End Homelessness - Everybody In

Mark Prisk worked with charity Crisis on their plan to end Britain's homelessness problem within 10 years.

The plan - which is published on 11 June - is comprehensive, evidence-based and independently costed. It includes advice on how people at risk of becoming homeless can remain in their homes, and how to ensure there is sufficient housing for those who are already homeless.

In light of its publication, Mark wrote the following article in the Bishop's Stortford Independent.


How can we end homelessness?


In an attractive town like Bishop’s Stortford it would be easy to assume that everyone has a secure roof over their head. Yet all too many do not. They have to turn to friends, the council, the YMCA or our local churches to help them out.


Nationally the problem is far worse, yet often people aren’t clear what homelessness means and how it’s best tackled. Over the last year or so I have served on an expert panel, advising Crisis, the charity dedicated to tackling homelessness. They’ve now published their report.


The nature of homelessness isn’t simple. It peaked for example in 2003, not at the bottom of the recession in 2009-10. It is now rising, despite record employment. So it’s not led by the economic cycle.


As a former Housing Minister, I’ve learnt that tackling homelessness means dealing with its underlying causes. This might be addiction. It might be a sudden job loss or a breakdown in key relationships. Debt is also a frequent cause, as are some short-term tenancies. So to end homelessness we need to tackle its underlying causes.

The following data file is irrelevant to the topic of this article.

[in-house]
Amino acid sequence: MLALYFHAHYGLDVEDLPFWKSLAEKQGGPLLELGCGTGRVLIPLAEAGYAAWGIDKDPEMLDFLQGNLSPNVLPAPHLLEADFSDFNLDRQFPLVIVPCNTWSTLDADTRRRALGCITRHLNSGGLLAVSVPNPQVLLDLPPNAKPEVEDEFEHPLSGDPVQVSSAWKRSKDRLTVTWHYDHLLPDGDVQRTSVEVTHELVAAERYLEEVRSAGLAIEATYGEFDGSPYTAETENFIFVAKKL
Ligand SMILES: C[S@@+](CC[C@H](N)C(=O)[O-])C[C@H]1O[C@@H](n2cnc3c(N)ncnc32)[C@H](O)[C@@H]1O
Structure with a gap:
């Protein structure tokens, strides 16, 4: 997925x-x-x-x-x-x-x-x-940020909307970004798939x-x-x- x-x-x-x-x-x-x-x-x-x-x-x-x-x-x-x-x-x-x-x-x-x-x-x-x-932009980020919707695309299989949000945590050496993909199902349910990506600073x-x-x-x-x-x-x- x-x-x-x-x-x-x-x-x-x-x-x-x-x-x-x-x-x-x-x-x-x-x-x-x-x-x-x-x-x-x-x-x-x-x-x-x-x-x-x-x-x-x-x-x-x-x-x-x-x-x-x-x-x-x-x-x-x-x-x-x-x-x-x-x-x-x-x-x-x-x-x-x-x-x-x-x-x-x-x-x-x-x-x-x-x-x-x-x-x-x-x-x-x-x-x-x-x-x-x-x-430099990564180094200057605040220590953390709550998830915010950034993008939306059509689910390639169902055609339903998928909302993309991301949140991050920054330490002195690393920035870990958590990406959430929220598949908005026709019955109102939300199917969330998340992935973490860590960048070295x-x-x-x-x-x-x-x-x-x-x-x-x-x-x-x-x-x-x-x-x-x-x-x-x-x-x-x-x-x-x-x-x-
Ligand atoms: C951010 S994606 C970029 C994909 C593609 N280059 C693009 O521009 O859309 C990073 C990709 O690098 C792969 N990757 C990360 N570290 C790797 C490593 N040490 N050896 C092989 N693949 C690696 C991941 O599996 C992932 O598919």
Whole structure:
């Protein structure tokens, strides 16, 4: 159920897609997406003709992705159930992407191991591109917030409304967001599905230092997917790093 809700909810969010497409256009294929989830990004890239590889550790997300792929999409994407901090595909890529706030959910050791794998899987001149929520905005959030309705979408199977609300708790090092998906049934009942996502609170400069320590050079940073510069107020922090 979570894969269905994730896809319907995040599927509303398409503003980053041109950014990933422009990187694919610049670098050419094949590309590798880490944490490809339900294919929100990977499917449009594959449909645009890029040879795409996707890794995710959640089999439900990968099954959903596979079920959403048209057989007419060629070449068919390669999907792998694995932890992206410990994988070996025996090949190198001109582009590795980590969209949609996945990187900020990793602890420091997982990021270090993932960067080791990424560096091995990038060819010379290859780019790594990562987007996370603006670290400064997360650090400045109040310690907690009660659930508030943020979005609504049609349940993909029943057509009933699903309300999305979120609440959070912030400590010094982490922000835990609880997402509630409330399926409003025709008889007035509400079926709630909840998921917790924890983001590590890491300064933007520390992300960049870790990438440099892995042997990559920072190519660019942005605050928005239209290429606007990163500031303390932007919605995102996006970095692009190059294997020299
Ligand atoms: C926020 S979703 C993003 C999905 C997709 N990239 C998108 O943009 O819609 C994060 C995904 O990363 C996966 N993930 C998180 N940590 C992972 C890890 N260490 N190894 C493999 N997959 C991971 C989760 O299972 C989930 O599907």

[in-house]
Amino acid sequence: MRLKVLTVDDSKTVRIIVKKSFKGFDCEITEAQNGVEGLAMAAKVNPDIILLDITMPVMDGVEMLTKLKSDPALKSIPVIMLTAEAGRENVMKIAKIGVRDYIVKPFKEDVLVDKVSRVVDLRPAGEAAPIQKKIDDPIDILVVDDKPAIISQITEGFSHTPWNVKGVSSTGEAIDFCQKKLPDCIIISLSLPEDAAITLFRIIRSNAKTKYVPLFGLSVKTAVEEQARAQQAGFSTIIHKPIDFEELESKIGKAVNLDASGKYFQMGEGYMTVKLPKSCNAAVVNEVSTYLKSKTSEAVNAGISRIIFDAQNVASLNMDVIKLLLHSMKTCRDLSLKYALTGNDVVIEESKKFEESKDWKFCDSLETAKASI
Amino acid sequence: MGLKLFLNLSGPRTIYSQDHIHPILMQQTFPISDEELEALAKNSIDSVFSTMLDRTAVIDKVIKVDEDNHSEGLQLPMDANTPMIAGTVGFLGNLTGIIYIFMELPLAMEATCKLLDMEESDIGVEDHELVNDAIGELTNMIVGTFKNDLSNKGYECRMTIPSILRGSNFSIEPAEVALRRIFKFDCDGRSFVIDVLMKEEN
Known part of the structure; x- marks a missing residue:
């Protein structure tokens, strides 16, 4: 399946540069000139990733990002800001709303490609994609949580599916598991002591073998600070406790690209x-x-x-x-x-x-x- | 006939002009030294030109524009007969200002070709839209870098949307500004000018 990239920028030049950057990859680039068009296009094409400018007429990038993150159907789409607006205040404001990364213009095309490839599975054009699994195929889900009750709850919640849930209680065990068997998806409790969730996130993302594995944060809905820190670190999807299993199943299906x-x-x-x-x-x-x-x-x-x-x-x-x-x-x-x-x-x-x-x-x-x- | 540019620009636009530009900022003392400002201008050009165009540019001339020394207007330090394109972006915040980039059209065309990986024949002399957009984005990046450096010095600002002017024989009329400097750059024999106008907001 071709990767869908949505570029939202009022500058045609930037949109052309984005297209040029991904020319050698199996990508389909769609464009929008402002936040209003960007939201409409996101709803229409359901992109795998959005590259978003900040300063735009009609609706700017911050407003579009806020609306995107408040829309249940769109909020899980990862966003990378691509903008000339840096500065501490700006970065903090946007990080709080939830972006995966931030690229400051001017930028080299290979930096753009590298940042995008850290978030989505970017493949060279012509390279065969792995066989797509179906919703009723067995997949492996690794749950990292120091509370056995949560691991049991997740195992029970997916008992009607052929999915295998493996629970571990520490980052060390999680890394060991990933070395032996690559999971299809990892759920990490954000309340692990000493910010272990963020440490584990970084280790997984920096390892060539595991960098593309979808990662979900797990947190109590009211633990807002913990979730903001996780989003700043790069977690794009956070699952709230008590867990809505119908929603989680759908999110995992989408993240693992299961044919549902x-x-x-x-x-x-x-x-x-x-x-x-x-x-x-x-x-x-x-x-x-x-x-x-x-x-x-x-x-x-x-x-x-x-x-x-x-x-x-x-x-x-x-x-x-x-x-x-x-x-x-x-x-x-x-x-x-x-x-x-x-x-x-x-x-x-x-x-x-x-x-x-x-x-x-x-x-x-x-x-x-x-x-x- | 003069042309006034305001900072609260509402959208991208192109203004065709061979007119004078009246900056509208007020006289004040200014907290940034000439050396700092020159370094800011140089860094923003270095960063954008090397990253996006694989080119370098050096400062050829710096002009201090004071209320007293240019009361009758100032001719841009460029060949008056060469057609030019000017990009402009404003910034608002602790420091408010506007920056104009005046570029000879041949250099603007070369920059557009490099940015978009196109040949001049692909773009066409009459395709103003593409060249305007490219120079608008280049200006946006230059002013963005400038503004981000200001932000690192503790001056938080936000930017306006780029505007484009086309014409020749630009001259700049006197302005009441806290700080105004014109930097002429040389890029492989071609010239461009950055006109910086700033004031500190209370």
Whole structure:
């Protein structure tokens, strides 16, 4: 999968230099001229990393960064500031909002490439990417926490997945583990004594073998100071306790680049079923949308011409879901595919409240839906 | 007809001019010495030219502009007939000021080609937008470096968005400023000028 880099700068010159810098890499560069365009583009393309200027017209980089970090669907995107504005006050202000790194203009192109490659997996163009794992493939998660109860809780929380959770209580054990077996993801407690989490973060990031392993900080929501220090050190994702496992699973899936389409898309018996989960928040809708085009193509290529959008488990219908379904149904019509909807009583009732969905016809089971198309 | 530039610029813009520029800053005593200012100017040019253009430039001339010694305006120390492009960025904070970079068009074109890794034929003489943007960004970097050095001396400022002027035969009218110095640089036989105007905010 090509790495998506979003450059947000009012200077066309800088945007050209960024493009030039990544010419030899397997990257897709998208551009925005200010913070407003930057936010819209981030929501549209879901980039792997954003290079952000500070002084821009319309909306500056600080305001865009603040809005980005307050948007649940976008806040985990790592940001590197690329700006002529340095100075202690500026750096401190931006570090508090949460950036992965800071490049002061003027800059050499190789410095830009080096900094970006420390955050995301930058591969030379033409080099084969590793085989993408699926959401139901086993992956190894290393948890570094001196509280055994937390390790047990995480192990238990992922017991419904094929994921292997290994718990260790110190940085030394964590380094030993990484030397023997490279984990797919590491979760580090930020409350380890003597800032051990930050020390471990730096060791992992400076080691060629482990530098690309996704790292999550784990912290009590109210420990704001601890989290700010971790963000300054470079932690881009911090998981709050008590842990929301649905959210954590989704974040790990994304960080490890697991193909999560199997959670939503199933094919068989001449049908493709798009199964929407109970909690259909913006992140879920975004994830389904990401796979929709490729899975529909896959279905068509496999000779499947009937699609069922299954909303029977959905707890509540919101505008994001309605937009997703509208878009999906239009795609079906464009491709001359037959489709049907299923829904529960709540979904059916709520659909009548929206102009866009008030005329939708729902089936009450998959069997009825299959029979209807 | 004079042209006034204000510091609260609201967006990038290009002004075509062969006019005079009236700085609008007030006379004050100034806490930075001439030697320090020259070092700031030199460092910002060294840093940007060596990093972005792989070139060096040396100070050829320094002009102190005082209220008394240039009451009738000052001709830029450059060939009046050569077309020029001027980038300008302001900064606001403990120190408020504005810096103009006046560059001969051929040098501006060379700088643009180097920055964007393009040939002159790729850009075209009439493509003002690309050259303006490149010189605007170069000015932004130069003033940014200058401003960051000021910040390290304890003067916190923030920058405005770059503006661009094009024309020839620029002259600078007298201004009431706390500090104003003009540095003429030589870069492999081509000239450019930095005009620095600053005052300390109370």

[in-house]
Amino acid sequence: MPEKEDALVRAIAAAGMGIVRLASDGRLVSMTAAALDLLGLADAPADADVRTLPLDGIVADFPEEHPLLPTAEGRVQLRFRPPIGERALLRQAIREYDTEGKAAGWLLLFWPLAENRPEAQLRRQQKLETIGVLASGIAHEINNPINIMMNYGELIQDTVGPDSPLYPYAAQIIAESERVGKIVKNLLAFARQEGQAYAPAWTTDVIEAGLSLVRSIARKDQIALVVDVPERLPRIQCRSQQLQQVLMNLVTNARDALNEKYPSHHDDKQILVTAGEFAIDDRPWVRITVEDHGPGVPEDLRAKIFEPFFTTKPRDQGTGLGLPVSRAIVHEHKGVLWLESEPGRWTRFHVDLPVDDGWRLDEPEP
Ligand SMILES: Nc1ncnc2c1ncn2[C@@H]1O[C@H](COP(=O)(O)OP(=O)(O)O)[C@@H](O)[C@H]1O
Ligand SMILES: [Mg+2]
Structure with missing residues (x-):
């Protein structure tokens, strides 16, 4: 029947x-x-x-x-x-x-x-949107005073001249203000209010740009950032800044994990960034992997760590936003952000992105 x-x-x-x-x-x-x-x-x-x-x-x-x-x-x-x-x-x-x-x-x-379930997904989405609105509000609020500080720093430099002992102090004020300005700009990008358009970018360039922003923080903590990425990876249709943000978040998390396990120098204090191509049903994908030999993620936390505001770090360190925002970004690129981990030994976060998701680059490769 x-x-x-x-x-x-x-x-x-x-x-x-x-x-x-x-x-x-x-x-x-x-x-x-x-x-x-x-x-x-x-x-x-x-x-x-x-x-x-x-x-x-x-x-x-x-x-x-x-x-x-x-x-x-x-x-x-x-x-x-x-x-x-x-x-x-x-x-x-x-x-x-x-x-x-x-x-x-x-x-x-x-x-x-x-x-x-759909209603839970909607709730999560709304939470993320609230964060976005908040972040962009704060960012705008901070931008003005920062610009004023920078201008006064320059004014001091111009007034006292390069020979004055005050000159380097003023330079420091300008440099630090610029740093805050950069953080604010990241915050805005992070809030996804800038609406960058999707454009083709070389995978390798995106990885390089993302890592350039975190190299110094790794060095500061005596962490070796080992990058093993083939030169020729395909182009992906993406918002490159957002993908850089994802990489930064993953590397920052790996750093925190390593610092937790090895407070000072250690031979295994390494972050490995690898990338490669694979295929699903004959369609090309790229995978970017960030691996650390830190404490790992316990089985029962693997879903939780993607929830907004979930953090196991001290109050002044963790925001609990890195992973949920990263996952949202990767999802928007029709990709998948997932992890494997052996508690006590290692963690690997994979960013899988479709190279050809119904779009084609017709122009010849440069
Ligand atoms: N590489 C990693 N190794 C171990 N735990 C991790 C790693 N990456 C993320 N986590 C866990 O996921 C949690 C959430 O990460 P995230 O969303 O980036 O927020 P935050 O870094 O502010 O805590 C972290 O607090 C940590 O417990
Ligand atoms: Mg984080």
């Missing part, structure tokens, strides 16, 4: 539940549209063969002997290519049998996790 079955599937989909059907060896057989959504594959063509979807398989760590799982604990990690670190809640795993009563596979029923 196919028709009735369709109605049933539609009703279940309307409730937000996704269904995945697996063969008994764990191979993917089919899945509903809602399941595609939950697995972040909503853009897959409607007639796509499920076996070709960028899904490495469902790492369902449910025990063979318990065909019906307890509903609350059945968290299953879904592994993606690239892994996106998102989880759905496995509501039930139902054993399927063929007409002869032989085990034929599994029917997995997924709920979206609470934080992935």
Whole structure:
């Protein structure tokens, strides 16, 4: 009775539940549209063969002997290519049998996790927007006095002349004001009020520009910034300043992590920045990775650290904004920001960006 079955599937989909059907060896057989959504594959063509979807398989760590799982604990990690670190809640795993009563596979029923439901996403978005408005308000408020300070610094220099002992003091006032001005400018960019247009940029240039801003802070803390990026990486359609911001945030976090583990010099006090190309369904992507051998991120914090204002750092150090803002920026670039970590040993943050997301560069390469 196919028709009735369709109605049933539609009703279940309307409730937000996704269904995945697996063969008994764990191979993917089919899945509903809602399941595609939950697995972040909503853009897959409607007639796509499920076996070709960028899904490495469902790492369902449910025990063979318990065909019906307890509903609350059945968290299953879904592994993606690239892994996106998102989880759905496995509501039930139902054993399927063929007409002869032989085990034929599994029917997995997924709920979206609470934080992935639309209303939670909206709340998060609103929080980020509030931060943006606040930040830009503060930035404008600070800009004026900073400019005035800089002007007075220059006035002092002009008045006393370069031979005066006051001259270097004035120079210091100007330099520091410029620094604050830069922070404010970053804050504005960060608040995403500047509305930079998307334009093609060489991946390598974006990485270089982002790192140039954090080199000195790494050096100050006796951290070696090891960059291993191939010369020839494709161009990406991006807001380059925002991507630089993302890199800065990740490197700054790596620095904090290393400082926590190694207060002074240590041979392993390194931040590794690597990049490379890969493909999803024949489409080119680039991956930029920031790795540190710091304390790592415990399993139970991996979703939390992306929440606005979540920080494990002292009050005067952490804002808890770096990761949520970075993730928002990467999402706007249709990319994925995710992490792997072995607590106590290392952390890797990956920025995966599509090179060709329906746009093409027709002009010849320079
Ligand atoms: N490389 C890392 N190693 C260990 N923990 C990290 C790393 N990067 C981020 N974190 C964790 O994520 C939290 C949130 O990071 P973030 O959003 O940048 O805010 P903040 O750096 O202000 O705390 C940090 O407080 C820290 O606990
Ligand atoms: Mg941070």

The Crisis report sets out some common sense principles. First that we should switch to focusing on prevention, with Government funding councils to intervene much earlier in people’s lives – mediating family breakdown; intervening early to overcome addictions; taking a different approach to sorting out debt problems.


The Government has committed to providing one billion pounds in tackling homelessness, and much of that money is following this principle of funding preventative work.


The second principle is to end rough sleeping altogether. This is the most visible and dangerous form of homelessness. To tackle it we should adopt a tried and tested approach known as Housing First, which has worked in other countries and which combines provision of permanent housing with long-term high quality support to overcome their often complex needs. It’s demanding of those it helps, but it works. Several pilot projects are underway and I shall be pressing for these to be expanded to all our urban centres.


Third, we need to get everyone housed. That means providing more homes that people can afford to live in. That means building more low-cost homes, but also making best use of the existing housing stock; ending an over-reliance on temporary accommodation; ensuring that Housing Benefit levels reflect actual local housing costs and modernising the private rented sector.


These are three of the key principles which the Crisis report sets out. It has clear measures for the short, medium and longer term. Whilst many reflect challenges in our cities, some measures have real implications for us locally.


I am pleased to say that Ministers are actively working with Crisis and other homeless charities to bear down on homelessness and its causes, in all their forms. There is a long way to go, but I feel we are now heading in the right direction.


To find out more, go to www.crisis.org.uk and search for the End Homelessness report.